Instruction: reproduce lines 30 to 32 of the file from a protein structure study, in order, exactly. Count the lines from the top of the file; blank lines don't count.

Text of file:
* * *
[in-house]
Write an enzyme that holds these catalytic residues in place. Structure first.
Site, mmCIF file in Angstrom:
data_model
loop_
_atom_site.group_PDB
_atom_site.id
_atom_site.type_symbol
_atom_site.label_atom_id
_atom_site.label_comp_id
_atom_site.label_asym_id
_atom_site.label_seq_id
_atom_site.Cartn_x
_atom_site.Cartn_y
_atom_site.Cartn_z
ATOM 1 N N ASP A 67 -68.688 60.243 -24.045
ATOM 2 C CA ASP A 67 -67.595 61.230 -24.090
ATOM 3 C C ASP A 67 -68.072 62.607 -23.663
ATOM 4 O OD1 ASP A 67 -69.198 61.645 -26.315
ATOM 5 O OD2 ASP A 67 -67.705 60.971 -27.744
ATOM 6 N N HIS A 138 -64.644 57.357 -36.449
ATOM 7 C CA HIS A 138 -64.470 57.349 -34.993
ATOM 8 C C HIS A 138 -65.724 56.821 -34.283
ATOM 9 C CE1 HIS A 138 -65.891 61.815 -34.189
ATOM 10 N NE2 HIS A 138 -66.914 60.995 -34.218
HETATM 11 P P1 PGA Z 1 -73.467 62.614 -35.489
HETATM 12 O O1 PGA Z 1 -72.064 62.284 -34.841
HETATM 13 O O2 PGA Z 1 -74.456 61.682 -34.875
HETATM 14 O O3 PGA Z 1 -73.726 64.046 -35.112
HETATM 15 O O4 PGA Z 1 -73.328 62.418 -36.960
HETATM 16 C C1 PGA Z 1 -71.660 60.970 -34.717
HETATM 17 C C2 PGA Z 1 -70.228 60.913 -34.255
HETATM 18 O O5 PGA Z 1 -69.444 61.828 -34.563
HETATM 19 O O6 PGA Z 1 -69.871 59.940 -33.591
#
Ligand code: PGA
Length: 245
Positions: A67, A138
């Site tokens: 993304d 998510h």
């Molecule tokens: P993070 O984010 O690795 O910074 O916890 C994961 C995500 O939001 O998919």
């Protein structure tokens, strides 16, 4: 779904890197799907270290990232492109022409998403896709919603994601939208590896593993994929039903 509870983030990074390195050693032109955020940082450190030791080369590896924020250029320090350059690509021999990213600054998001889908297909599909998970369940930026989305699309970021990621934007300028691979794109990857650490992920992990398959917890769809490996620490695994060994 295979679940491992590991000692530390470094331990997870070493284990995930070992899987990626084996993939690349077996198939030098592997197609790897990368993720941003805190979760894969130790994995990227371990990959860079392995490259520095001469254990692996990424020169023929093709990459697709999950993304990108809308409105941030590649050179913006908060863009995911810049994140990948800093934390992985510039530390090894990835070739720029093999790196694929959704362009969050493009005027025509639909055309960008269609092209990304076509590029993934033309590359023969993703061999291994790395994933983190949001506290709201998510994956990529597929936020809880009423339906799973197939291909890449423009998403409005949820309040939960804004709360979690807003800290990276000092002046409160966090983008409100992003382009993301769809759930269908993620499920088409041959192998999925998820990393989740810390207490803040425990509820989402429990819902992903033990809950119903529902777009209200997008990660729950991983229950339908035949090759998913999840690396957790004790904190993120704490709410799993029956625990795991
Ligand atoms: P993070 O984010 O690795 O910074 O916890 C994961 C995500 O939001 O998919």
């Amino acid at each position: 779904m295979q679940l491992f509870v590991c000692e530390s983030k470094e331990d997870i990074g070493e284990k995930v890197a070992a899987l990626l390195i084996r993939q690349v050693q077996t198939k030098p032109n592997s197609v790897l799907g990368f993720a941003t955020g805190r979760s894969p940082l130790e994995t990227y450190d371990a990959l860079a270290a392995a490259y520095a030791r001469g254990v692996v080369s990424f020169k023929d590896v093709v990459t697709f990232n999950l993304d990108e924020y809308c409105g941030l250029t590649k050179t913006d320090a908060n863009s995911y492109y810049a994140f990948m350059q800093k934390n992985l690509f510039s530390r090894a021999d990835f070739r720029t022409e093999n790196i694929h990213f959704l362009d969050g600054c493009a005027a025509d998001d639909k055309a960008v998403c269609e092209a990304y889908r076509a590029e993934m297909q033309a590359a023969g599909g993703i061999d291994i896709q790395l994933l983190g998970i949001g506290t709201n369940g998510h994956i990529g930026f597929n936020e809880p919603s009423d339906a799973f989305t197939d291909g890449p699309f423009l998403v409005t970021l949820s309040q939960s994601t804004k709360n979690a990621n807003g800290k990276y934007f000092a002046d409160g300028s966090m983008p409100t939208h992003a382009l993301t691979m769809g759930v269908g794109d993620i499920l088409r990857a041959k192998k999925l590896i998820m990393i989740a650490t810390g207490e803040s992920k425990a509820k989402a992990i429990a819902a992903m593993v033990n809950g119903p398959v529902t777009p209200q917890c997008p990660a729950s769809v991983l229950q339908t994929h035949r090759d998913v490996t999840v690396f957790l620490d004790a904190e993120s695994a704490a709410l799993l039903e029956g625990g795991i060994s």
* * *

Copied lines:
HETATM 15 O O4 PGA Z 1 -73.328 62.418 -36.960
HETATM 16 C C1 PGA Z 1 -71.660 60.970 -34.717
HETATM 17 C C2 PGA Z 1 -70.228 60.913 -34.255